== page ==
Murray sets the
standard with his strong service hold in the opening game (his final
serve hit 135 on the radar gun). Fish counters with less power but
sharp placement to hold, and during the next Murray service game he
begins his now routine creeping approach during the first serve,
which seems to get Murray’s attention (two double faults), although
not enough to keep Murray from holding. In fact, it's Murray who
breaks first, and that is all he would need to seize the first set.
Fish rebounds as best he can from the break, but he is not as precise
as he has been in previous matches, and Murray isn’t the kind of
opponent who will give up too many loose points. (View Brian Taylor's photos here.)
The crowd, at key moments, does all it can to support Fish, as he and Murray battle through tough holds and breaks during the second set. An inevitable tiebreak results with great shotmaking from both players before Murray outlasts Fish (10-8) to take the set and the match.
The win launches Murray one step closer to what he hopes will be a solid tune-up for the U.S. Open, but it's Fish who gains because his summer record is one of sustained efforts to reach deeper into the draws and bolster his attack on the top seeds ahead on him in the rankings. He’s playing like he knows he can not only compete with but also beat any and all of them at any given time.
As expected, Novak Djokovic cruises into the finals here, after Tomas Berdych retires due to shoulder issues. Berdych soldiered through the first set, even breaking Djokovic early, but didn’t want to push the injury to the point that it would endanger his chances at the Open.
Right from the start, lackluster play from Djokovic results in an early break for Murray. It appears that fatigue has set in for the world’s No. 1 playing his 59th match of the year (his record at 57-1 up to this point) with nine titles so far (Australian Open and Wimbledon Grand Slams and five ATP Masters 1000 titles — more than any player has ever won during a single year). Only John McEnroe, back in 1984, has ever had a better record (59-1 with nine titles as well) coming into this time of the season.
There are flashes of the brilliant tennis that we’ve come to expect during this phenomenal run, but more often than not Djokovic just looks dog-tired. He calls for the trainer and gets treatment on his right shoulder, but it is not enough to convince him that he can last beyond the first set, which he loses (6-4). And then the rain arrives, a downpour, that leaves us all wondering if he had waited to call his match, would he have gotten more treatment and continued.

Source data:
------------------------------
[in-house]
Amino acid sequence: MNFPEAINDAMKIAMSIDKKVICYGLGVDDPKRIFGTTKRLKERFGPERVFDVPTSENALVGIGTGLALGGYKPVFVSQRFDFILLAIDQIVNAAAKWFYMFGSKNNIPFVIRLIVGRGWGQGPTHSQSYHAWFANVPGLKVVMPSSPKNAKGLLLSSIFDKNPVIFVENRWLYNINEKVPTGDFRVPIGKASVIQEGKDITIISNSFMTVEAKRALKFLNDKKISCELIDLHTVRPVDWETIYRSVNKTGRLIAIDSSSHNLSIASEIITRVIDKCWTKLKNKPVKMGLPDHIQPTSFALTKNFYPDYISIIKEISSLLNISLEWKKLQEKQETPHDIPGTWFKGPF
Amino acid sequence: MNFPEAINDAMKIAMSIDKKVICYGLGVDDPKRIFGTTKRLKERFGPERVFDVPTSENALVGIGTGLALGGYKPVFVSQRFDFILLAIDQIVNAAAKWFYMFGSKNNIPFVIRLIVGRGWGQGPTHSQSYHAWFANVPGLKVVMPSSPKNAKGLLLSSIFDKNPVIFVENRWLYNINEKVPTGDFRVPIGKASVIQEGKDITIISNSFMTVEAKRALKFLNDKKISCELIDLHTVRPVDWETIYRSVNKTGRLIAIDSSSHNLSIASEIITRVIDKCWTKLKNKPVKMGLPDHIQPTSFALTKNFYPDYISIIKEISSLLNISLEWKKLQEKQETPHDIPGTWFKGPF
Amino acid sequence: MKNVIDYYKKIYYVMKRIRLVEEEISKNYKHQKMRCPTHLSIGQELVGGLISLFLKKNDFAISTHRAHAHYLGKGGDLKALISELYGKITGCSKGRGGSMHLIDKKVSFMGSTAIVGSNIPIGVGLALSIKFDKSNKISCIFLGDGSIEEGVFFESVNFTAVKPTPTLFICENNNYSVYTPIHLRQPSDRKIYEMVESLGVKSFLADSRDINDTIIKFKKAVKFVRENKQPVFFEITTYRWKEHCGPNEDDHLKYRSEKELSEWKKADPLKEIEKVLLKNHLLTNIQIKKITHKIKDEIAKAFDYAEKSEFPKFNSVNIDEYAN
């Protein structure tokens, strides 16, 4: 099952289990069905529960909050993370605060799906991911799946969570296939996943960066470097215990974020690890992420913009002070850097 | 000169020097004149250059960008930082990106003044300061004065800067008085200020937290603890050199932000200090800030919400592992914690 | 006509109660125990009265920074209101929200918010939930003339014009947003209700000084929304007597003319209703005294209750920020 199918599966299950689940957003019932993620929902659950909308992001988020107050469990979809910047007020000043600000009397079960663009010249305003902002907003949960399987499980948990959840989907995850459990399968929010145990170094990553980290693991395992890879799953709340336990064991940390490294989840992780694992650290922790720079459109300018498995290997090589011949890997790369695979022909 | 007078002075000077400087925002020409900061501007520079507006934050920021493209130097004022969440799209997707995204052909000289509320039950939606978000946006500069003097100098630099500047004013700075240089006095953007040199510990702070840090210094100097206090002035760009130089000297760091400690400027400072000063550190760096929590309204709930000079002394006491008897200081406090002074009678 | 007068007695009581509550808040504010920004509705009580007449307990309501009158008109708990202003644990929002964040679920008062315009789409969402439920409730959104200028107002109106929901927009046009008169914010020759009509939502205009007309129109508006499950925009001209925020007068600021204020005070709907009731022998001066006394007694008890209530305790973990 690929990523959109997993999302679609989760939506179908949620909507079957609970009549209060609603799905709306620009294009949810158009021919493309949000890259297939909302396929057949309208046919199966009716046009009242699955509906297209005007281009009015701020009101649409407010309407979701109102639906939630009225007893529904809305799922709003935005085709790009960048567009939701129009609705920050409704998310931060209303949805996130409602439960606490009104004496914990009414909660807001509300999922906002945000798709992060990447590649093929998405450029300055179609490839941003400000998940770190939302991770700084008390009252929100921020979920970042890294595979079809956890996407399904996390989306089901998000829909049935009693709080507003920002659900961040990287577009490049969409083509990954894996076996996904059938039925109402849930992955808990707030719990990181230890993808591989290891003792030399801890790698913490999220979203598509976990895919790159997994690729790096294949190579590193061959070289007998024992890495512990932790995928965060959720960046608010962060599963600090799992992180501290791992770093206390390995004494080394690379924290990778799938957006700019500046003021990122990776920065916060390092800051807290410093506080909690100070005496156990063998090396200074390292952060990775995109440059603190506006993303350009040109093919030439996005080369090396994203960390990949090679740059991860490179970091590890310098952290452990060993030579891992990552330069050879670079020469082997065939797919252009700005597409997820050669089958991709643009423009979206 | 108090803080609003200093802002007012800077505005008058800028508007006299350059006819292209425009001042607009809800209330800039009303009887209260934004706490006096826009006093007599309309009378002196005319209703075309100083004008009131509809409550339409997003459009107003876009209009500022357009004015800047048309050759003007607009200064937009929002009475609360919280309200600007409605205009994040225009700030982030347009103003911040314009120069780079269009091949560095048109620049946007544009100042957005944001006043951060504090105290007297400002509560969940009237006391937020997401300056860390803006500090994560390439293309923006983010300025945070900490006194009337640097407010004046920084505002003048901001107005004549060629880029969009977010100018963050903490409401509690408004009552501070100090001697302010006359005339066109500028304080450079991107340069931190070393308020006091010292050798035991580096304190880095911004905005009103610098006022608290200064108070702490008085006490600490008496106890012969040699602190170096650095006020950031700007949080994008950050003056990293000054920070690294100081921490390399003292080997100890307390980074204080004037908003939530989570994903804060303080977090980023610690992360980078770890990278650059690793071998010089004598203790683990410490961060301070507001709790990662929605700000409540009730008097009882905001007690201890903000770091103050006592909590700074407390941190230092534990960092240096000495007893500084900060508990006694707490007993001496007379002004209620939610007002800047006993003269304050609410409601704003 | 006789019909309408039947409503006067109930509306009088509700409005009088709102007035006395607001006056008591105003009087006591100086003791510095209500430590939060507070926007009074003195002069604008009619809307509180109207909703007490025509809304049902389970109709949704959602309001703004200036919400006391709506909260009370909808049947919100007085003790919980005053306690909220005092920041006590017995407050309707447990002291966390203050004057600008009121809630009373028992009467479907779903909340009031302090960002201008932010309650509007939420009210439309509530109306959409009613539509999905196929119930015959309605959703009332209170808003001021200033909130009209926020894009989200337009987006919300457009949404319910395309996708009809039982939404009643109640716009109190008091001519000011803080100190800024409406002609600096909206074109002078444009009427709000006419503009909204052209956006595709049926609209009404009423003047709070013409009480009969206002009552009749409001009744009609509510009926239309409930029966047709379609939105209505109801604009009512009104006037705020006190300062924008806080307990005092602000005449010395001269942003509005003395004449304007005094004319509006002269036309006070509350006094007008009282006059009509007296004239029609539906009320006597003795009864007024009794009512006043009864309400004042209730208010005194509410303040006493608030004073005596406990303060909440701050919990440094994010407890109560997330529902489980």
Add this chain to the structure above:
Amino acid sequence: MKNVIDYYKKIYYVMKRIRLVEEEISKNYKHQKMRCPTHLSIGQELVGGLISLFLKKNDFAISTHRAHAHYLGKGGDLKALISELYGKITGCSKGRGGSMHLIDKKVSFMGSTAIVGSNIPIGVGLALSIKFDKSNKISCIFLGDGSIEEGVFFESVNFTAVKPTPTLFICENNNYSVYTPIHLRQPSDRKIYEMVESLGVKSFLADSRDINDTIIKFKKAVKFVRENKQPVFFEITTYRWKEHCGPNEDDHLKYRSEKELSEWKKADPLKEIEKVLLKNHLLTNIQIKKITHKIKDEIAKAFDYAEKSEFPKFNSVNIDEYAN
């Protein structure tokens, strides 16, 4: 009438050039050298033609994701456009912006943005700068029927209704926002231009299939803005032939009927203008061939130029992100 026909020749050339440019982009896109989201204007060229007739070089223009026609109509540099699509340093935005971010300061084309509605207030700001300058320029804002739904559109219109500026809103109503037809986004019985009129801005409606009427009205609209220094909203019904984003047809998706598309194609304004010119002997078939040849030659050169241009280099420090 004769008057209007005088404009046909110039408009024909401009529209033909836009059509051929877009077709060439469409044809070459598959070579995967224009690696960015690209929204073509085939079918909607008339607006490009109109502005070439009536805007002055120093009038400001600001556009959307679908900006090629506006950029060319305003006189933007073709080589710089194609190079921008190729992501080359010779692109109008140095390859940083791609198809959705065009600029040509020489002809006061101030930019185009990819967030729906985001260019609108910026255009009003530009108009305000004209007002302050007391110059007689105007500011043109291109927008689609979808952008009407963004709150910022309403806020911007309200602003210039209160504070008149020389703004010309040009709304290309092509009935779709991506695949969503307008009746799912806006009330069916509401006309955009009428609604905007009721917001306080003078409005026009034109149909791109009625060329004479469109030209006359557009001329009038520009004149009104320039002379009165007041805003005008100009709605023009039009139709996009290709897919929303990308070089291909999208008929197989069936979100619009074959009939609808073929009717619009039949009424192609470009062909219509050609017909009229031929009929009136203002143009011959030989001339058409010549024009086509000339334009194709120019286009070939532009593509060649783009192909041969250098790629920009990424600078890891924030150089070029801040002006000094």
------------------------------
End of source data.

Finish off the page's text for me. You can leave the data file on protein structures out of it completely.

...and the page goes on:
During his press conference, though, Djokovic lays such thoughts to rest. He apologized to the fans and Murray profusely, but definitely would not have reconsidered his decision. The shoulder, which has plagued him for the last 10 days, more than the general fatigue he has experienced, could not be overcome, especially since he only has eight days to get ready for the final the U.S. Open.
“There’s no way I could beat a player like Andy (Murray) with only one stroke,” he confirmed.
He hasn’t had an extensive evaluation of the injury, but believes that with the time available he will be able to bounce back and compete at the appropriate level to win the Open.
We will see if he’s right, but this news and the results here bode well for Murray, the champion again and likely the strongest of the four top seeds heading to New York. It would seem that Murray won’t have a better opportunity to finally break through at a Grand Slam event, but he should beware because Mardy Fish and Gael Monfils are another couple of hungry sharks sniffing for blood in the water.
The women’s crown goes to fourth-seeded Maria Sharapova, the winner over No. 14 seed Jelena Jankovic. But Sharapova needed three sets to knock off Jankovic (4-6, 7-6, 6-3), and her achilles heel (her serve) remains a weakness capable of breaking her down completely at any time.
There doesn’t appear to be a clear favorite going into the U.S. Open for the women — Kim Clijsters has withdrawn due to injury — although that simply means that the odds tip towards Serena Williams, the winner in Toronto last week and a seeding problem for the tournament, since she has been out of the game most of the past year. She seems to be playing at her top 10 (top five, if truth be told) level, but can she be placed that far ahead of ranked players who have been competing throughout the season? And if not, who wants to meet up with her as a lower-ranked challenge in the early rounds?
Love and intrigue, anyone?